What is storytelling?
"Once upon a time... people told tales to each other. Sharing real-life stories was an essential element in forging friendships, alliances, families and communities. It brought individuals a greater intimacy with each other and, simultaneously, a stronger sense of self."
- jack maguire
It doesn’t have to be “once upon a time” it can be today. Storytelling can connect generations and get your family talking.
Since people began to communicate with each other, "Tell me a story" has been a familiar plea.
Storytelling is one person telling others about anything real (or even made up) and is often a part of our everyday conversations.
Traditionally though, stories were passed from one generation to another by memory. But with written media, this became less important. So about 30 years ago, a group of people, got together to celebrate storytelling in that ancient, oral tradition – they held a storytelling festival. The result is a renaissance of storytelling that has swept the nation.
Who is storytelling for?
Teachers, healthcare workers, therapists, corporate executives, librarians, spiritual leaders, parents, children and many others inspired by this renaissance of storytelling, are turning to storytelling to produce positive change in our world; to let each other know who we are, what we care about, where we come from, and where we are going.
To regain our footing and give us roots; storytelling can ensure that a family is more than a bunch of people living in the same house, sharing the same food, and having conversations mainly about mundane things. Developing a tradition of storytelling can reconnect us and turn parents’ hearts to their children and the children’s hearts toward the parents, and give us all a stronger sense of self.
If you look in my jewelry box you'll find an old soda bottle cap. It's from a Jones Soda, the kind with the messages printed under the lid. I live in fear that someone will come across it and simply toss it. After all, it's just a bottle cap. But for me, it is oh, so much more.
“I’m just not feeling it.” That’s the statement that most frequently accompanies an unfinished book in my home. If the book doesn’t grab my family of readers within the first few chapters, they walk away. As readers they are looking for a passionate emotional connection. Emotion and passion are the writer’s sixth sense.
"I want to come here every year so it will be a childhood memory for me like it is for you." She was only six years old, yet already Madison had seen the pictures and heard the stories. For five generations the family had come to the same national park to revel in the beauty of nature. Her parents had honeymooned there, so had her great grand parents. Her great, great, grandma had ridden a stagecoach into the park. Her grandparents had come on snowmobiles; all of them had come nearly every year of their lives.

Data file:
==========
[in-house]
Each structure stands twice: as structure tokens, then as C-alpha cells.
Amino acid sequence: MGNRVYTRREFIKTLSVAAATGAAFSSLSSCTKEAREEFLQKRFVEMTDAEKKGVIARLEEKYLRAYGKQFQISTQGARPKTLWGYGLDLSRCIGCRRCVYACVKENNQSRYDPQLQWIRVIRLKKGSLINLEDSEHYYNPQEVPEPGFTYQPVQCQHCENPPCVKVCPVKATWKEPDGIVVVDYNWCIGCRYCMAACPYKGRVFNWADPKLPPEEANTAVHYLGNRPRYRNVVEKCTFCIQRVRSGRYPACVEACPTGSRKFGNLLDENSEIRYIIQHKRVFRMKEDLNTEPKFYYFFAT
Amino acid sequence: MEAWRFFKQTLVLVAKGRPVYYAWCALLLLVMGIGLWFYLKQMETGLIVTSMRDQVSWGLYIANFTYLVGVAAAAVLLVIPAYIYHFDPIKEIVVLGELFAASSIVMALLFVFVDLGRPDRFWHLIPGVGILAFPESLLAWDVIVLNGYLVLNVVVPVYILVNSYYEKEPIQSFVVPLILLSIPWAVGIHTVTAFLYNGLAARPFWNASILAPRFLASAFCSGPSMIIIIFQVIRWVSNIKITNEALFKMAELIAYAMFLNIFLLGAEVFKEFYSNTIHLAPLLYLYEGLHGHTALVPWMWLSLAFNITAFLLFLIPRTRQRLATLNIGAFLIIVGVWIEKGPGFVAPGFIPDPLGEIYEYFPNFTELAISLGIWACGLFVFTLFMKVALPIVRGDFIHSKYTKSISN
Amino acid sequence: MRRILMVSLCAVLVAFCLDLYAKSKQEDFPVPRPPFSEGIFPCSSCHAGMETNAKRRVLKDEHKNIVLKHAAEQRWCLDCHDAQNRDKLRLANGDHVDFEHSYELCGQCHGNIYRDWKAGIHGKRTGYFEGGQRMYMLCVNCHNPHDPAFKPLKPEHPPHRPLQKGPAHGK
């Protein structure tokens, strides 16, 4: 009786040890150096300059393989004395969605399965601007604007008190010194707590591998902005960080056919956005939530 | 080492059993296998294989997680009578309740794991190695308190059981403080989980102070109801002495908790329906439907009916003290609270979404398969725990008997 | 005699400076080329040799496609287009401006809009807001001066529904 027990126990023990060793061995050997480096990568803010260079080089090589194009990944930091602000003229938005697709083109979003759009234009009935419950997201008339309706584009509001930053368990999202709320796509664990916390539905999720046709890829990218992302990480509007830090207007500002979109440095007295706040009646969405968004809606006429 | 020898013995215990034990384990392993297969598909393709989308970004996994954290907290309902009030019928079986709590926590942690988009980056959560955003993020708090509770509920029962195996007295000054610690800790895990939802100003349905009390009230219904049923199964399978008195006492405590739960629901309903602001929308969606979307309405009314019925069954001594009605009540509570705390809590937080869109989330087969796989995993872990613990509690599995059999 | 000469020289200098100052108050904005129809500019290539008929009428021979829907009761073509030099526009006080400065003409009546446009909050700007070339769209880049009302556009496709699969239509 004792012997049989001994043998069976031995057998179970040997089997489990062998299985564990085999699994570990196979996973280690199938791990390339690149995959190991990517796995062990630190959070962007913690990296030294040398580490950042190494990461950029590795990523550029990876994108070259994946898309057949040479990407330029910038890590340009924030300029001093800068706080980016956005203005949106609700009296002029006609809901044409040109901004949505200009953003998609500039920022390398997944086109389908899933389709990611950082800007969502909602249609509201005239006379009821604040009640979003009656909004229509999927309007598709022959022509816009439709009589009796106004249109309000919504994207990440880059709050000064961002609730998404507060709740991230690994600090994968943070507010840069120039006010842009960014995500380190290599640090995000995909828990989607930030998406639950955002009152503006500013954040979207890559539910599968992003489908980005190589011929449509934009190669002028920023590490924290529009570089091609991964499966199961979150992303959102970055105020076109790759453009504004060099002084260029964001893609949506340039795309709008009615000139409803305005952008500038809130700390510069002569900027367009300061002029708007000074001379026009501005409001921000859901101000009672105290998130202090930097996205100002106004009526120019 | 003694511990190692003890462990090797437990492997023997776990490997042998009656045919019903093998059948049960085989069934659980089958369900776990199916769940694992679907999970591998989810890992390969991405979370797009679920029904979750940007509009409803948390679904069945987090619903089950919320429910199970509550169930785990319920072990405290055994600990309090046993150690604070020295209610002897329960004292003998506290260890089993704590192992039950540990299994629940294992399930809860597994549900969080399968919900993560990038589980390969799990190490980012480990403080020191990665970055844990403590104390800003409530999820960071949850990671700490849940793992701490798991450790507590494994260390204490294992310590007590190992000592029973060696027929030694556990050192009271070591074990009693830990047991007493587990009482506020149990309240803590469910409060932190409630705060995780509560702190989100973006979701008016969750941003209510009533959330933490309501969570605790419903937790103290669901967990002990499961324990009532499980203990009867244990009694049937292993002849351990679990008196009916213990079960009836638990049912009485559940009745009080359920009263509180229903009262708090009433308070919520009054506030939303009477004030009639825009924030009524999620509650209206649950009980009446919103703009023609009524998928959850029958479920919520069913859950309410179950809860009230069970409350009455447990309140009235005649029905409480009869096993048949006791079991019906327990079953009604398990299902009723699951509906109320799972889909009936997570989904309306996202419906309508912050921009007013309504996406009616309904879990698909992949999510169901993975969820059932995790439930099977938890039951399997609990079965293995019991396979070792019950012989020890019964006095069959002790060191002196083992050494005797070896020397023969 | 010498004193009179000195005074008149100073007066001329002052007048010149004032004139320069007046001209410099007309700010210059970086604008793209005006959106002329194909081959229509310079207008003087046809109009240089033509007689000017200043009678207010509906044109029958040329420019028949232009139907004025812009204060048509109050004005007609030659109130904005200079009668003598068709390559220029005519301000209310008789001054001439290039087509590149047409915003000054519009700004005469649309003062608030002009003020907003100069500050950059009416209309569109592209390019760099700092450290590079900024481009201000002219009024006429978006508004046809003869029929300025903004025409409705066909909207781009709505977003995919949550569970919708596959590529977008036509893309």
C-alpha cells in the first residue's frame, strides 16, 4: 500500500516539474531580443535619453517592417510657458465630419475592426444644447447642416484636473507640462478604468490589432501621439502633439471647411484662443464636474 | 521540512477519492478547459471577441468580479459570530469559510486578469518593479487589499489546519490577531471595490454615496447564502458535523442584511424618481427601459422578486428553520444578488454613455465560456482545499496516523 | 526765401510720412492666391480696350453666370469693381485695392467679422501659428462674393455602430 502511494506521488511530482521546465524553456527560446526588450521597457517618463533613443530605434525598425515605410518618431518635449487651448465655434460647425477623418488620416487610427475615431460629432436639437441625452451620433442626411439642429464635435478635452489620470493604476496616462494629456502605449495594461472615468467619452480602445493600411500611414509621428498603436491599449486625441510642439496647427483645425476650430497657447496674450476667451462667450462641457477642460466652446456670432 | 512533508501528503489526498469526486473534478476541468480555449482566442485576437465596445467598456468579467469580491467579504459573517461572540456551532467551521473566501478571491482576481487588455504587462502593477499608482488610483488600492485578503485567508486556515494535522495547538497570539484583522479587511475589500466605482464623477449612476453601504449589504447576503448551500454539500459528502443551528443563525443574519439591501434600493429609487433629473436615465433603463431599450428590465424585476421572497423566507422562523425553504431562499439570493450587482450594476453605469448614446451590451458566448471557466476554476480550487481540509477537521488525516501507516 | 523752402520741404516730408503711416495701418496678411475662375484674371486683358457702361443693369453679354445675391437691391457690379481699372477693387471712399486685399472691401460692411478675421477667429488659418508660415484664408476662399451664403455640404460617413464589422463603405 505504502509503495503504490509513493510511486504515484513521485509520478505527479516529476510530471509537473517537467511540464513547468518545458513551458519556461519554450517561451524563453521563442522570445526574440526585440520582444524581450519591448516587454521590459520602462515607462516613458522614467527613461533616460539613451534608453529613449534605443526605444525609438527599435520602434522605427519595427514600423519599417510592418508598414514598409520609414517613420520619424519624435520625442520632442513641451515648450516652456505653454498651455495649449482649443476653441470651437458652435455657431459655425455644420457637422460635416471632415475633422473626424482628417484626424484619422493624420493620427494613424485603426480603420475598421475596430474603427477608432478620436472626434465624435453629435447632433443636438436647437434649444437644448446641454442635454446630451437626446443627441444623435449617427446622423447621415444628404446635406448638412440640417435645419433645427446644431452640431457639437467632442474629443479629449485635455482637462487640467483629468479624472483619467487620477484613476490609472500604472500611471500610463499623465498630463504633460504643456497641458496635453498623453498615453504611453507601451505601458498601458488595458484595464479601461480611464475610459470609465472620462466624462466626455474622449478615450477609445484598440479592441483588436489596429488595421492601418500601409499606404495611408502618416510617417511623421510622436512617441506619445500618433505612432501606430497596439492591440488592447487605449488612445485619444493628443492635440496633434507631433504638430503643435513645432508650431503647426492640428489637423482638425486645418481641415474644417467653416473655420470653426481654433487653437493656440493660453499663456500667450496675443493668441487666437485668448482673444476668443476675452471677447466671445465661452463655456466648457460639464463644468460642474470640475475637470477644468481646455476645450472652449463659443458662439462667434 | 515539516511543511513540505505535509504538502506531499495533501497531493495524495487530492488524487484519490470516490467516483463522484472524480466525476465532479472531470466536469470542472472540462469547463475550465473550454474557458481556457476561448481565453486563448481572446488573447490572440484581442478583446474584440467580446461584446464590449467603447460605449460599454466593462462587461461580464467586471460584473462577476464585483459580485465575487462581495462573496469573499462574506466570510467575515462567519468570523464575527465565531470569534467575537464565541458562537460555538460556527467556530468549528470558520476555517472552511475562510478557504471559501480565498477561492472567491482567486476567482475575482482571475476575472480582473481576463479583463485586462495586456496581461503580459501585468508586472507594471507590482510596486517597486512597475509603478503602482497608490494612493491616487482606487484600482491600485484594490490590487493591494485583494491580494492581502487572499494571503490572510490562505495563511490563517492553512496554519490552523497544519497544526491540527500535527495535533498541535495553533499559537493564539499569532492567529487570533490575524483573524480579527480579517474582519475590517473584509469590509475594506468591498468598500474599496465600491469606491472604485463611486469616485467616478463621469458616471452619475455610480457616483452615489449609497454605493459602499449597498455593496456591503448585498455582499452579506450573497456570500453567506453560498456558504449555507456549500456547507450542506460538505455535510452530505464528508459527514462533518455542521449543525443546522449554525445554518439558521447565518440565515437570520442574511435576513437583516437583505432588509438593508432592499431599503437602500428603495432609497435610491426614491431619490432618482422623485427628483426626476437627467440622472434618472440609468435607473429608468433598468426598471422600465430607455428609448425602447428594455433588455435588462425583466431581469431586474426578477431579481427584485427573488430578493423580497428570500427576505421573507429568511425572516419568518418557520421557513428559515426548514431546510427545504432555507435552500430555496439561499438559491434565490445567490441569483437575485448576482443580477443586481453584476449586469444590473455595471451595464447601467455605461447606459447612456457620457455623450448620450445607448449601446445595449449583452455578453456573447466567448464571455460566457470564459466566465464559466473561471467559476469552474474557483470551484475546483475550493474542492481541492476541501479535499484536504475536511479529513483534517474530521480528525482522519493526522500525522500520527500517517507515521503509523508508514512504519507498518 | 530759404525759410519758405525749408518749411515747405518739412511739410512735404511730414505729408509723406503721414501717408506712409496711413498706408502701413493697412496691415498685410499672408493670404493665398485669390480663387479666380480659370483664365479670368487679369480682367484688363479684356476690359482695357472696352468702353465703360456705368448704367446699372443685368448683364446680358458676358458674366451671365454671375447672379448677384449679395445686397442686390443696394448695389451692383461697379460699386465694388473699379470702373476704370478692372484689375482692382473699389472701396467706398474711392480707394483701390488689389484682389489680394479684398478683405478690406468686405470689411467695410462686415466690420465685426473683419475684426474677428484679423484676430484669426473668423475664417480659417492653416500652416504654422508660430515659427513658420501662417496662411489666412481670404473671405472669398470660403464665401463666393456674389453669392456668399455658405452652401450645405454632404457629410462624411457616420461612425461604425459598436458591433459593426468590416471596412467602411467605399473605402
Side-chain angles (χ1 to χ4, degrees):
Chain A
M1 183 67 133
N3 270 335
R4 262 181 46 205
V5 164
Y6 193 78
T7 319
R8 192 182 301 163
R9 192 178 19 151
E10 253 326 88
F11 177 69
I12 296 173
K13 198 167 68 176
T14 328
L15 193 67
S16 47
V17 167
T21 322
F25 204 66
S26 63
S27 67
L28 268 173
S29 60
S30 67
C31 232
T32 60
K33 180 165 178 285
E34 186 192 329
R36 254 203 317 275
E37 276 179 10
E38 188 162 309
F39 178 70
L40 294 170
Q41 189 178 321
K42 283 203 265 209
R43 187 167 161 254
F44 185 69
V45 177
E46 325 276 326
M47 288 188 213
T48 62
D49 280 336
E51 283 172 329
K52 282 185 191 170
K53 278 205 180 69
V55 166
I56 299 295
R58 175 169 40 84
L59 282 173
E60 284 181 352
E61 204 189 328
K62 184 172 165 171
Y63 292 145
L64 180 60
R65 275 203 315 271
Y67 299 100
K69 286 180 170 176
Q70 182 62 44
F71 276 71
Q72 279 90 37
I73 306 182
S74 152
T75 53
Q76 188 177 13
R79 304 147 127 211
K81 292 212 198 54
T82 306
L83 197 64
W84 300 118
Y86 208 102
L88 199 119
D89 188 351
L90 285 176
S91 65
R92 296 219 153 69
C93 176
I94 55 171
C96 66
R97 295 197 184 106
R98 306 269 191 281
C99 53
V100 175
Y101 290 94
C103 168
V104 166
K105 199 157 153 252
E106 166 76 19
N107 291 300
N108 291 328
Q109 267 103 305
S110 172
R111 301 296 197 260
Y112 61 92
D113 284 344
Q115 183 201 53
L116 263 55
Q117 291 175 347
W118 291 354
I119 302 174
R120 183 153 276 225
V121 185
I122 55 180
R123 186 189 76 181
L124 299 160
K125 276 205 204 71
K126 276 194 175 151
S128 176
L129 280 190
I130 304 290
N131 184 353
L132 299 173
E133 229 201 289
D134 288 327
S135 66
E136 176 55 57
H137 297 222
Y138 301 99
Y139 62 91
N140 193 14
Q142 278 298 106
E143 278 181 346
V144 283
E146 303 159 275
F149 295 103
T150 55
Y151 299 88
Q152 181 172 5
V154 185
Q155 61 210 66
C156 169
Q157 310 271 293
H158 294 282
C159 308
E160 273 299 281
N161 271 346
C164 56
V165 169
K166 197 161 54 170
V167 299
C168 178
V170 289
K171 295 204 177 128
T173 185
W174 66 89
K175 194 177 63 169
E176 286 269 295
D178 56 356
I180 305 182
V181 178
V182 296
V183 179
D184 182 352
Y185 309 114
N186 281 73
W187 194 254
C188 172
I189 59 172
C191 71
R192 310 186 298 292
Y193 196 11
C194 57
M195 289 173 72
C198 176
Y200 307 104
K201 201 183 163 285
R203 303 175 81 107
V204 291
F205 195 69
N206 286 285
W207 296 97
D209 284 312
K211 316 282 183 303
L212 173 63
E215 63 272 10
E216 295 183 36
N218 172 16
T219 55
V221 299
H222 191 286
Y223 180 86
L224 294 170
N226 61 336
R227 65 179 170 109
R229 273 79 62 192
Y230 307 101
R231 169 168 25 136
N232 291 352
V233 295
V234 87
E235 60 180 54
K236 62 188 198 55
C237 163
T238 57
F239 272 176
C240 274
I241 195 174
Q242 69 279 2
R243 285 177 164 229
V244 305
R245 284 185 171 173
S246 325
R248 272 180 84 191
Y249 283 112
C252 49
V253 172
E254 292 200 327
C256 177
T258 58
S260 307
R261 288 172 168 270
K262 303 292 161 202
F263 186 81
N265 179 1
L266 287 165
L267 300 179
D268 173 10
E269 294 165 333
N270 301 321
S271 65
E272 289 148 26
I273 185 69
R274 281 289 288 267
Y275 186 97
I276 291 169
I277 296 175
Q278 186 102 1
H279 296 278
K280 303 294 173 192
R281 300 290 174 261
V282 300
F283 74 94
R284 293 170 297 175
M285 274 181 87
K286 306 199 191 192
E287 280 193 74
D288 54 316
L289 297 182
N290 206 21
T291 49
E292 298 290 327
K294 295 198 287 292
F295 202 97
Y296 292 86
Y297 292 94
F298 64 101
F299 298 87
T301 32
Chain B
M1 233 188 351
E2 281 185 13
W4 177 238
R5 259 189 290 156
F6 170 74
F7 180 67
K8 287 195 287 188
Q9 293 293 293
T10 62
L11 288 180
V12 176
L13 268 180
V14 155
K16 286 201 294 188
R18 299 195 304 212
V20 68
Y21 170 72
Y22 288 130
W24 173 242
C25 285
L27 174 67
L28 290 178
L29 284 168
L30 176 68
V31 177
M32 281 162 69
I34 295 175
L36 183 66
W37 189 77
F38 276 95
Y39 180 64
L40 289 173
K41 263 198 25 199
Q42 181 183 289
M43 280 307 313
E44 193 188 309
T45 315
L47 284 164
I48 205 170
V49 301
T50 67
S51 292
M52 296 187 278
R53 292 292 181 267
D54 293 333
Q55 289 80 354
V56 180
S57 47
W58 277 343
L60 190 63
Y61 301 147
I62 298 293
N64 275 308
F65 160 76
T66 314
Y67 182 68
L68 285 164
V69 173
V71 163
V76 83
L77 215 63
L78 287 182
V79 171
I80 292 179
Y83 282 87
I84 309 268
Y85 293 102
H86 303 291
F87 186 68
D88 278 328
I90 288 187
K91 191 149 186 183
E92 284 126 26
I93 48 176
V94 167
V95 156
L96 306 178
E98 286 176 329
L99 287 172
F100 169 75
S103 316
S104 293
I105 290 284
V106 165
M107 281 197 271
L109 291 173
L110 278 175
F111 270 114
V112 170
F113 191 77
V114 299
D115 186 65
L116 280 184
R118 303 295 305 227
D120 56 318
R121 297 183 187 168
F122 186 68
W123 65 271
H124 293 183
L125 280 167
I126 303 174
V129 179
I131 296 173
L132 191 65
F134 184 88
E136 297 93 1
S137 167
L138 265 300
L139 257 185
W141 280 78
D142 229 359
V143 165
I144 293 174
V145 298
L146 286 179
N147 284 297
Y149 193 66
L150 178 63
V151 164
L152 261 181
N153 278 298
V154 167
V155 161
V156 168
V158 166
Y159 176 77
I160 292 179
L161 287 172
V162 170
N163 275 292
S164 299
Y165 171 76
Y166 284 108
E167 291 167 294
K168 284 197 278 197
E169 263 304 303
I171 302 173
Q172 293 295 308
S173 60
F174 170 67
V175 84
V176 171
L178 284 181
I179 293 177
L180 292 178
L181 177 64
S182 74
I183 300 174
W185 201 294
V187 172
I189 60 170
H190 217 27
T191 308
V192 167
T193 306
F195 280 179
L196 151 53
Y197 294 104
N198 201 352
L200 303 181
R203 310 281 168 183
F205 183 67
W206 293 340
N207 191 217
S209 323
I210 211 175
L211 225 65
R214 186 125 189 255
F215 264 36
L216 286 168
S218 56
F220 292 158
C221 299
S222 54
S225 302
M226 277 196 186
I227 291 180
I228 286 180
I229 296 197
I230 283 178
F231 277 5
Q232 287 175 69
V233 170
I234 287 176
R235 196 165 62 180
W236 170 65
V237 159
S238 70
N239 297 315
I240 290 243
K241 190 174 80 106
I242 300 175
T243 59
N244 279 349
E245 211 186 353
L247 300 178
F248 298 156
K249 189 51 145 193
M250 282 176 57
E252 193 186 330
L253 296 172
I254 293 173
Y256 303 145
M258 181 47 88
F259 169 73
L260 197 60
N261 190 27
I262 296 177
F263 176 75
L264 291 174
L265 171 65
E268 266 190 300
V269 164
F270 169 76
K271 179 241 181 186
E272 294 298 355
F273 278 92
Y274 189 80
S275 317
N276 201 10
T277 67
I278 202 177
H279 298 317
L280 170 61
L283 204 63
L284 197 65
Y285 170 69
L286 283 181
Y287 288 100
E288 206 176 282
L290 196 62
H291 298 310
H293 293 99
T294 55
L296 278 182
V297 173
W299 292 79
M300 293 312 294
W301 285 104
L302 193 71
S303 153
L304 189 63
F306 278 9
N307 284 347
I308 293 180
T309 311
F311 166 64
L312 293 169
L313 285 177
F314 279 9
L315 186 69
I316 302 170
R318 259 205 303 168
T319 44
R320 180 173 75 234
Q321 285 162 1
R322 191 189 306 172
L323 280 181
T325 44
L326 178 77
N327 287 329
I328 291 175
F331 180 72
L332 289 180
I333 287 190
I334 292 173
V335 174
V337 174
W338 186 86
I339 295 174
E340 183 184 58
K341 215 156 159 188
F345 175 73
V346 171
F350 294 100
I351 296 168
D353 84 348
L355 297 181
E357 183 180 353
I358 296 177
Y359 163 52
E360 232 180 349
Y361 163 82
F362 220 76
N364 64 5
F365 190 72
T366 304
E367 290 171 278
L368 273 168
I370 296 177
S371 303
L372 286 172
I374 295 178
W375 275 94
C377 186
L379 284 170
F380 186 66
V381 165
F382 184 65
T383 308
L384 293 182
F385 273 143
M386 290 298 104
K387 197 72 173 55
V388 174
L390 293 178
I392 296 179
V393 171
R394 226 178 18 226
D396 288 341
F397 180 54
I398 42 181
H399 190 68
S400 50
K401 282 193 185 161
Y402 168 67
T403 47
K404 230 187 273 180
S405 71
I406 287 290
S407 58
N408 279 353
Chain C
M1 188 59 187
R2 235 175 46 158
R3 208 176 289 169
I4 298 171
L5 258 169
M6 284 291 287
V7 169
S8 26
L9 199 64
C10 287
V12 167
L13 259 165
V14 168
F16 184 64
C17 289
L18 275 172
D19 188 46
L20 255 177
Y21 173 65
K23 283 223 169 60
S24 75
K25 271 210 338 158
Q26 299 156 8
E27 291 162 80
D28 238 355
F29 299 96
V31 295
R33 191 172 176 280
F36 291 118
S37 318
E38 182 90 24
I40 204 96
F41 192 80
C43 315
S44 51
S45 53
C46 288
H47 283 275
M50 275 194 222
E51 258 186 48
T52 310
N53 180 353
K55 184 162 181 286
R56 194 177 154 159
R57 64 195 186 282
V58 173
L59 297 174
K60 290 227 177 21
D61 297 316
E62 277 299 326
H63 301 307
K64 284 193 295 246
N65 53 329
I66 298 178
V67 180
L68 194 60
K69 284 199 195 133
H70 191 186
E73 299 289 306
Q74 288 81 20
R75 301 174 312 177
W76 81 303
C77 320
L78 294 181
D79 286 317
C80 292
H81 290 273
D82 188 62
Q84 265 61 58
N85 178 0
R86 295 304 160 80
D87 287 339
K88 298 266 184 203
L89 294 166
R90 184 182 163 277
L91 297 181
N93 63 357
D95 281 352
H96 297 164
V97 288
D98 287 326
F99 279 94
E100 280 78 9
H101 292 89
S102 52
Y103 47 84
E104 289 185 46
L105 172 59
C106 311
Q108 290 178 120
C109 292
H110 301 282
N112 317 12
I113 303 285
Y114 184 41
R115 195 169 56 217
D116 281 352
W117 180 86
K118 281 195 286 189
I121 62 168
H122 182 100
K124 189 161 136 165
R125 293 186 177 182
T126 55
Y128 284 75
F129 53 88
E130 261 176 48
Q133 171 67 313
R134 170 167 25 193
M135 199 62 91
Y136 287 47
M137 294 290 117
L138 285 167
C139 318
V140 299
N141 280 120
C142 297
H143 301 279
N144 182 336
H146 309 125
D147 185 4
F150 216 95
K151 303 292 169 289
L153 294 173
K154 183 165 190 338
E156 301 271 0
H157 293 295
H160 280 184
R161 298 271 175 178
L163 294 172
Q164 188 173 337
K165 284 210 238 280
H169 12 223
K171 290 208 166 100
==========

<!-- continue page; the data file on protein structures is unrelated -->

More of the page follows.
“None of my children were able to come to their Grandma’s funeral...” The sorrow reflected in my friend’s face was palpable. She had been given the difficult task of laying her mother to rest without the loving support of her children around her. Yet, her sorrow softened as she continued, “...so, we decided to meet at Grandma’s favorite beach in Hawaii this fall to tell her stories and play her games.”
It started spontaneously as soon as we announced we were heading out on an
epic journey to visit their cousins, the back seat exploded with a
spontaneous chant, “Cousins! Cousins! Cousins!” Their grandpa and I had
taken on the privilege of tending two of our grandkids for a week and
suddenly decided we wanted to see all of our grandkids together. So we
plopped our charges in the car and headed out on an adventure.
I grew up at the beach and spent many memorable days down by the water. Not always swimming or getting sun, often just walking along the sand listening to the waves. But large bodies of water and I get along famously. So it really isn’t surprising that one of my favorite vacation spots is Lake Powell.
PA·TRI·OT·ISM -[PEY-TREE-UH-TIZ-UHM OR, ESPECIALLY BRIT., PA-] NOUN – DEVOTED LOVE, SUPPORT, AND DEFENSE OF ONE’S COUNTRY; NATIONAL LOYALTY.
When I was a little girl, I didn’t fully understand what it meant that my dad was in the military. Where we lived, even when we moved, there were always other kids whose dad’s were in the military, so I just thought it was normal. I figured all real life dad’s wore khaki uniforms with special patches and ribbons and gold bars, and that they moved around a lot, too. It was only on t.v. that dad’s didn’t. It wasn’t until much later that I realized that what my dad did to provide for our family wasn’t the norm, it was special.
Once upon a time I told some of my grandkids a folktale that included some Water Buffalo leaving their droppings in holes in the road so people wouldn't trip in them. It's just a sweet little tale that brings on the giggles. Yesterday those same grandkids went for a walk with their momma. Along the way Hadley observed there were a lot of horse droppings in the road. To which her little sister, Madison, declared, "I put those there so you wouldn't step in the holes!"
I will never forget the first time I attended a storytelling festival.
Curious, a friend and I attended on a “work assignment”. Not sure what to expect, we had carefully selected events from the online schedule, that would mean the least amount of commitment for our time and money. But from the moment I stepped on the grass in the evening air and approached that big, billowing tent, white lights glimmering from within, I was smitten. And that’s before I ever heard a word from the stage. The people so excited, the surroundings breathtaking, an energy in the air and I could feel it. I took my seat, soaked in the atmosphere, and made a conscious decision to suspend my preconceived ideas about what was going to happen.